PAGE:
On Monday, the popular (and term-limited) Montana governor Steve Bullock is running for Senate this fall in a bid to unseat Republican Sen. Steve Daines:
I've always fought for the people of Montana. Together, we expanded health care, protected public lands, banned dark money in politics & more. Now I'm taking that fight to the US Senate. Let’s make Washington work more like Montana. Join us: https://t.co/vyPPioB0tJ #MTSen #MTpol pic.twitter.com/6VuCKsNTeW
— Steve Bullock (@stevebullockmt) March 9, 2020
Bullock had met with both former President Barack Obama and Senate Minority Leader Chuck Schumer in recent weeks, which perhaps contributed to his decision to run.
Daines is only a one-term incumbent and Bullock enjoys high favorability numbers in the state, which suggests this could be a competitive race in the fall:
More than half (54 percent) of Montanans felt the state is headed in the right direction while just 29 percent believe it is headed in the wrong direction. A majority of all political affiliations were optimistic with 64 percent of Democrats, 51 percent of Republicans and 53 percent of independents expressing the opinion the state was headed in the right direction.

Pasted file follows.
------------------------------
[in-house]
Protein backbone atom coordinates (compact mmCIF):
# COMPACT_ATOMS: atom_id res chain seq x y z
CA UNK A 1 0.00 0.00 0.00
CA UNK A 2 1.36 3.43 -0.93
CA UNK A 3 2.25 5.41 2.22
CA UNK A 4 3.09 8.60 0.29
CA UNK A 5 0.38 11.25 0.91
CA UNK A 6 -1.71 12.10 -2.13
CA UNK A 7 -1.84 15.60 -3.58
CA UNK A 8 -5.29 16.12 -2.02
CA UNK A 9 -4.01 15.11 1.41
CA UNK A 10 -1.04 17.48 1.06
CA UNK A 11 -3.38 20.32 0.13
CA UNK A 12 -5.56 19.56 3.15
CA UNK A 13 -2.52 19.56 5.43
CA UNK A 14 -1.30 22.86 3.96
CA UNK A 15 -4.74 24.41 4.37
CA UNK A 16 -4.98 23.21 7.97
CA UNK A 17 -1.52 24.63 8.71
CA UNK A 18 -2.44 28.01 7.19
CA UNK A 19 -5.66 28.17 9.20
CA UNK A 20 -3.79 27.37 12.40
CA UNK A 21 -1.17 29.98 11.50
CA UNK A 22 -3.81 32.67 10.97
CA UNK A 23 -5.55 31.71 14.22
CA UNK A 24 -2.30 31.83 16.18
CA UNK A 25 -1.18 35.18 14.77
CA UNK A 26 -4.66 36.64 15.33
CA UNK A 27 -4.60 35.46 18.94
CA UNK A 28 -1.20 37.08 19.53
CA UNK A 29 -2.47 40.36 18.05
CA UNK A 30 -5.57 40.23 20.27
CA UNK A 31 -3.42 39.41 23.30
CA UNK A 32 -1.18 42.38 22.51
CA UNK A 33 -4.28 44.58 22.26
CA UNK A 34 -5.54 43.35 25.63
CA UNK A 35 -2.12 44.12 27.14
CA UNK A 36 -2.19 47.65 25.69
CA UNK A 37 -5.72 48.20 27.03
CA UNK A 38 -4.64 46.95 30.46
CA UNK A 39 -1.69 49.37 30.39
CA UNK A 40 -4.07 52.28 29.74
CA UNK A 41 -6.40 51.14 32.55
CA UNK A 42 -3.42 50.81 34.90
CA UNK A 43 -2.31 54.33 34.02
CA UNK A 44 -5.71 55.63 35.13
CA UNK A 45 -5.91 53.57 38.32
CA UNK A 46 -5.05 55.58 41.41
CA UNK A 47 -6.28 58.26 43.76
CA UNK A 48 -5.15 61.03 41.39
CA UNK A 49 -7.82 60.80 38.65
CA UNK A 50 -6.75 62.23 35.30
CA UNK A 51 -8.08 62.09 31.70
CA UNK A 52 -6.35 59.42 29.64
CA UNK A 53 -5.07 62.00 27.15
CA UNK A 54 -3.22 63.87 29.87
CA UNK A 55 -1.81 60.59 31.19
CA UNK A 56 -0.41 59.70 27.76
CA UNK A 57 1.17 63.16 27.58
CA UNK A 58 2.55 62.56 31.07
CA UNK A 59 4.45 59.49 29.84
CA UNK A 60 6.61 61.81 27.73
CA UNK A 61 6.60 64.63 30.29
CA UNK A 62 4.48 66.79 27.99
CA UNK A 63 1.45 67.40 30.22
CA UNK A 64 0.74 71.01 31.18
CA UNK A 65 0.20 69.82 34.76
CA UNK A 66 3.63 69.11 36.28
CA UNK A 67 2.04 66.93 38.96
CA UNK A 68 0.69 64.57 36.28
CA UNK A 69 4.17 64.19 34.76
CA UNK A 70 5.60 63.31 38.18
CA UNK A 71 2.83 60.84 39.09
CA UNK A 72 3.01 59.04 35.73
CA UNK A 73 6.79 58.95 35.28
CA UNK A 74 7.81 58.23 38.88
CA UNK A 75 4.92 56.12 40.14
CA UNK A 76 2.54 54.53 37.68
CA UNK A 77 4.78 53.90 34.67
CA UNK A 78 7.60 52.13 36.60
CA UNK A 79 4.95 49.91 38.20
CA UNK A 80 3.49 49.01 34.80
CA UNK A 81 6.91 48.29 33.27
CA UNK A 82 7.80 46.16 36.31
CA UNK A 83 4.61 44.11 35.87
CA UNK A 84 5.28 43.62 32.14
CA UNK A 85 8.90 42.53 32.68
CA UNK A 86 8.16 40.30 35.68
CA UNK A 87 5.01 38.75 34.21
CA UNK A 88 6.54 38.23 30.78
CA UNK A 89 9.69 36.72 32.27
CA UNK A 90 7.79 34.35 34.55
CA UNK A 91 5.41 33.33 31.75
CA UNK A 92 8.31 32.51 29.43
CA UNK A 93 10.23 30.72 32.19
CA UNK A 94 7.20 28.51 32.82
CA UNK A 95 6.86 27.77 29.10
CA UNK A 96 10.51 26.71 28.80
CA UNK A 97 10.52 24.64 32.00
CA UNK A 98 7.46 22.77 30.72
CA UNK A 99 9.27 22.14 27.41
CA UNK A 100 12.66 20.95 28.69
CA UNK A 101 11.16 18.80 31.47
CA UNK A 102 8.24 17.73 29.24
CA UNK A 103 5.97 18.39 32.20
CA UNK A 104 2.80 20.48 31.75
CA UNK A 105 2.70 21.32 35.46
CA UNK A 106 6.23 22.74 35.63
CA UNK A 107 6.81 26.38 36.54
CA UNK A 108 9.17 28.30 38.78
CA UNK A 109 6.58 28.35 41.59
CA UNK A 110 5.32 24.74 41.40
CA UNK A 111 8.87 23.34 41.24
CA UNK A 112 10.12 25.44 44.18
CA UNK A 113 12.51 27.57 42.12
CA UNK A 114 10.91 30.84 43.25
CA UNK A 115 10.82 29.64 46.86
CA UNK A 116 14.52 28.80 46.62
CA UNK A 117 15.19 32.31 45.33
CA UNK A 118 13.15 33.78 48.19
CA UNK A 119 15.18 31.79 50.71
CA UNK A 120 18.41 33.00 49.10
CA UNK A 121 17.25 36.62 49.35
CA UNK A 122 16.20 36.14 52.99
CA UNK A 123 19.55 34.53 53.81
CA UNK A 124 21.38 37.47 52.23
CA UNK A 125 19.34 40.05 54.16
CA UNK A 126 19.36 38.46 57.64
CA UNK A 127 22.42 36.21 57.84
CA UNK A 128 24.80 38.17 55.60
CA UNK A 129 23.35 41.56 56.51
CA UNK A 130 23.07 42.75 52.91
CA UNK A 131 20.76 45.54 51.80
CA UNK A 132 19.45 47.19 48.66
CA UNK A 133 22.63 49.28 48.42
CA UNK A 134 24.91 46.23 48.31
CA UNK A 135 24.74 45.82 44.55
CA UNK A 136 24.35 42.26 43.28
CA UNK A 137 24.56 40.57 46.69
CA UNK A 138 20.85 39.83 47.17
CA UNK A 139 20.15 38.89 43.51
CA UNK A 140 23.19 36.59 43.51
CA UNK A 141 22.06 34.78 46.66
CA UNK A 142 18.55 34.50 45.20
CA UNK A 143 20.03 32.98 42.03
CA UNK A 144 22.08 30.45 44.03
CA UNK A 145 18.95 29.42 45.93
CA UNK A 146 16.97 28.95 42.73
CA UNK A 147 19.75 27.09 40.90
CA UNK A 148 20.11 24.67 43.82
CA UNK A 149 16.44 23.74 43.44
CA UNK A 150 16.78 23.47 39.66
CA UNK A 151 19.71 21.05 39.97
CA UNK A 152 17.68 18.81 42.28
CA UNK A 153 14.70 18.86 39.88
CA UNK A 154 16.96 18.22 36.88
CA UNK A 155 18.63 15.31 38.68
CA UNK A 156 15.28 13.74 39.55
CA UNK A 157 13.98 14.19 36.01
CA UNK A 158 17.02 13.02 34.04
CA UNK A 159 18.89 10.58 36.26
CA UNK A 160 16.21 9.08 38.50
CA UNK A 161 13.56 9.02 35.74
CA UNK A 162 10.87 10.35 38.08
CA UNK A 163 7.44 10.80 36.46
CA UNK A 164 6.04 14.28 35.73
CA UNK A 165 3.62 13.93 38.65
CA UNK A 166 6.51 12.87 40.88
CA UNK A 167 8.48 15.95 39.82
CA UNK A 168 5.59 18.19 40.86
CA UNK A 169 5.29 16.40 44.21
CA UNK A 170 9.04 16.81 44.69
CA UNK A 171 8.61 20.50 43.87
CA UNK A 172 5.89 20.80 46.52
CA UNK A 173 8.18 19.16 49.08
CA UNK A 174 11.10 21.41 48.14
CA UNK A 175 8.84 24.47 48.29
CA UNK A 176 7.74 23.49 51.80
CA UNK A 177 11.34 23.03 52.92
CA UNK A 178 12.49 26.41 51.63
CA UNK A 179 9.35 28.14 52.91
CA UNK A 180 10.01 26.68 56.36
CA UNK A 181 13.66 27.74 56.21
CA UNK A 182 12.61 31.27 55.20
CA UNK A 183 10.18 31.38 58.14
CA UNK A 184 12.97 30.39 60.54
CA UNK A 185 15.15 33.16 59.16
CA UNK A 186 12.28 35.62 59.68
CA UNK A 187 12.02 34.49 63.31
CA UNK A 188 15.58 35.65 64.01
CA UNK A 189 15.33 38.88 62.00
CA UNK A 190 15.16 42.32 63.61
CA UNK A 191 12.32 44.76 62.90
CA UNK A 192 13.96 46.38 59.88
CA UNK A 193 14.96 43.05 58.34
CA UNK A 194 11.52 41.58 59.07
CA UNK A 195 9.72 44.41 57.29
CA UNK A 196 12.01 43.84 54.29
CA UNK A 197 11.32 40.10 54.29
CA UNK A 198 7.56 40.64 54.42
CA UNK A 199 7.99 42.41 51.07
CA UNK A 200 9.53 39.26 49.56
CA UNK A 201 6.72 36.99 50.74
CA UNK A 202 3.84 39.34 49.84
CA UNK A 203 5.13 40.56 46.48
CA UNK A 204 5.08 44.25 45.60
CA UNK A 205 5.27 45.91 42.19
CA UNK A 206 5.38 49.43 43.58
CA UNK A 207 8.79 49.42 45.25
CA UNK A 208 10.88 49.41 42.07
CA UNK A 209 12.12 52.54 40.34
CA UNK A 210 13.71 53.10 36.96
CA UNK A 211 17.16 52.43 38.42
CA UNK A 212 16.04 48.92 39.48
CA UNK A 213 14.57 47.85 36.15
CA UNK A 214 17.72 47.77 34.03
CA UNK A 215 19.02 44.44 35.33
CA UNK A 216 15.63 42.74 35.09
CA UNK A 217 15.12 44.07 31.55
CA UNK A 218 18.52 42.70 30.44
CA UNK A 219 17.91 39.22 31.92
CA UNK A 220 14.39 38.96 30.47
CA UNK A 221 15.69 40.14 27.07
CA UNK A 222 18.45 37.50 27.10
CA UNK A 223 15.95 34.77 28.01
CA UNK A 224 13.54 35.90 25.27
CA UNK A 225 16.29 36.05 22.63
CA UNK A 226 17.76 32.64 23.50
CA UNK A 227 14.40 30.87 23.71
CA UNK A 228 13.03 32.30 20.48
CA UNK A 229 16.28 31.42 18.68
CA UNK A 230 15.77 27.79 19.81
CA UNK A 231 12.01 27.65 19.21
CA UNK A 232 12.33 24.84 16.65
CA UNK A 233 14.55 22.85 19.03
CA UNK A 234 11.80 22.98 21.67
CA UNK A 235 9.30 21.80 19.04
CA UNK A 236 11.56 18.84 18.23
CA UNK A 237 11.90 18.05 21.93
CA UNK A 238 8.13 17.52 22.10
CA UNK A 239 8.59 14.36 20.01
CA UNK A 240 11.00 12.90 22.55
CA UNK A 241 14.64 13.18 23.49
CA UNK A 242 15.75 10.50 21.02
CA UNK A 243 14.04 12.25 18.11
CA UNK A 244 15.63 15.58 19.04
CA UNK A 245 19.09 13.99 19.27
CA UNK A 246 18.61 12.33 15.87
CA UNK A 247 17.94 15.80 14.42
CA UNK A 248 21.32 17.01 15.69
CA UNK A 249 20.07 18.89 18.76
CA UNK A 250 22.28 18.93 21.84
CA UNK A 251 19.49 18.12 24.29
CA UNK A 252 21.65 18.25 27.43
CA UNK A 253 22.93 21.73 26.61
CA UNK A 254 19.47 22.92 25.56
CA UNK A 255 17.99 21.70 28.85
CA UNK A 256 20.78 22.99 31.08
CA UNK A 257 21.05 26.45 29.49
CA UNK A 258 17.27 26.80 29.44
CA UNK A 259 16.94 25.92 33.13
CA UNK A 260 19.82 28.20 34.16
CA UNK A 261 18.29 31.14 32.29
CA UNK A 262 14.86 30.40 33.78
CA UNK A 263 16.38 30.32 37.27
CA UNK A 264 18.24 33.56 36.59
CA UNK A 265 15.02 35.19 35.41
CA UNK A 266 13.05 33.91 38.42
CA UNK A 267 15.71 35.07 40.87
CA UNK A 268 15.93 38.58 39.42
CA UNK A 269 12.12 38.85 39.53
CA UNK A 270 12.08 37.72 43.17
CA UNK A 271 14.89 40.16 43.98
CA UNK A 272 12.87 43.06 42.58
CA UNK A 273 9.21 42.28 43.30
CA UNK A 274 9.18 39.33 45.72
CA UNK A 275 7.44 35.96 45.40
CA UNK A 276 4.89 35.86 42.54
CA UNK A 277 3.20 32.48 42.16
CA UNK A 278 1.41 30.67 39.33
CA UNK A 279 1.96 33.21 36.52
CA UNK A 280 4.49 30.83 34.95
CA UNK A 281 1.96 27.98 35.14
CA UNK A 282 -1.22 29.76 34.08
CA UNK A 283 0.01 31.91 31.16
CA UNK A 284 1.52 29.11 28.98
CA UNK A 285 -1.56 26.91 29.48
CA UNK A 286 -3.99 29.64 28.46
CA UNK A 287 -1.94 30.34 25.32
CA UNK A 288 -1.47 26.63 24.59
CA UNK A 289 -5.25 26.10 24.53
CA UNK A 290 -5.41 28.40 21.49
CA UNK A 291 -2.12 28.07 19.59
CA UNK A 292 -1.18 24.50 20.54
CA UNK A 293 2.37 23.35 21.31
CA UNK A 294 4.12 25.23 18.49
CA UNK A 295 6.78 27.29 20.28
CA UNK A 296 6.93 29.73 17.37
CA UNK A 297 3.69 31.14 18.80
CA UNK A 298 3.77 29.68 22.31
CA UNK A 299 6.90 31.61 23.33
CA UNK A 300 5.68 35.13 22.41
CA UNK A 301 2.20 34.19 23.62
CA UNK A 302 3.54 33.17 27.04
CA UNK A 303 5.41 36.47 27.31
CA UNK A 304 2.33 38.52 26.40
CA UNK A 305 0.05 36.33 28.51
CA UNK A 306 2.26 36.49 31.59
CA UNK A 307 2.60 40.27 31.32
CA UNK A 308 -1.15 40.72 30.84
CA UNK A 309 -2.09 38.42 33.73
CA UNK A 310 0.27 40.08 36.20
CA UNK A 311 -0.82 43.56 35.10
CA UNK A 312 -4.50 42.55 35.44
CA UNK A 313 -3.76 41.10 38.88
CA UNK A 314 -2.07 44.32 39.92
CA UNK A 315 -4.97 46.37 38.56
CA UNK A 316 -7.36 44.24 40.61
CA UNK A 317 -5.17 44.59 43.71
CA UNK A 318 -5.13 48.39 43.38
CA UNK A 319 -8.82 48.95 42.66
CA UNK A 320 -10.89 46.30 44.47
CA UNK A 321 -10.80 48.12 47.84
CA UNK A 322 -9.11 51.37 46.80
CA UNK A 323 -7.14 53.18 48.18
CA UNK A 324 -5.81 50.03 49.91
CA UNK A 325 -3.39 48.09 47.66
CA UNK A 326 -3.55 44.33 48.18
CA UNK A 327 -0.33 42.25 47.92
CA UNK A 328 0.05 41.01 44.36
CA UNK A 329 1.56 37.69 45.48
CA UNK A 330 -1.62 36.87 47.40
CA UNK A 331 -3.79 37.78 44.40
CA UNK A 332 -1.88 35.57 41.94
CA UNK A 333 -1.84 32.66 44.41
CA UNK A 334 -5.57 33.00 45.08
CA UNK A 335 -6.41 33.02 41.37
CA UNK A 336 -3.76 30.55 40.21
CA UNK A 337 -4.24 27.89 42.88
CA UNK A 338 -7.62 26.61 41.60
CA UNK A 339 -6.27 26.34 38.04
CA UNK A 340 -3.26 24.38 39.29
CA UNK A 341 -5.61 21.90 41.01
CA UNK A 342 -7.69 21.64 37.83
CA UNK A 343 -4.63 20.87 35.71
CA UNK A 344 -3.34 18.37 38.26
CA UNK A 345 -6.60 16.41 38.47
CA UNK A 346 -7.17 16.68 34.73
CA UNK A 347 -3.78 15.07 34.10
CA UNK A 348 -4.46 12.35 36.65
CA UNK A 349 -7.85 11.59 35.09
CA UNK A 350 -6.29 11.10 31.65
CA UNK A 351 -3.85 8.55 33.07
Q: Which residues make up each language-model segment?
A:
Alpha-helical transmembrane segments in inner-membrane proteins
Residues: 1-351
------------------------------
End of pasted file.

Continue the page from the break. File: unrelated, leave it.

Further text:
For Democrats hoping to pick up a Senate majority this fall, Bullock’s decision is especially significant. The Democrats likely need to win five seats from the Republicans this fall as they currently have 46 seats and likely will lose Doug Jones’s Alabama seat this November. With Bullock’s decision to join the race, Democrats may now be thinking that Montana joins North Carolina, Maine, Colorado, and Arizona as being seats they might be able to flip this fall. Given that all the other Democrats up for reelection are likely safe, those five states would be enough to give the Democrats 50 seats and, assuming a Biden victory, control of both chambers of congress and the White House.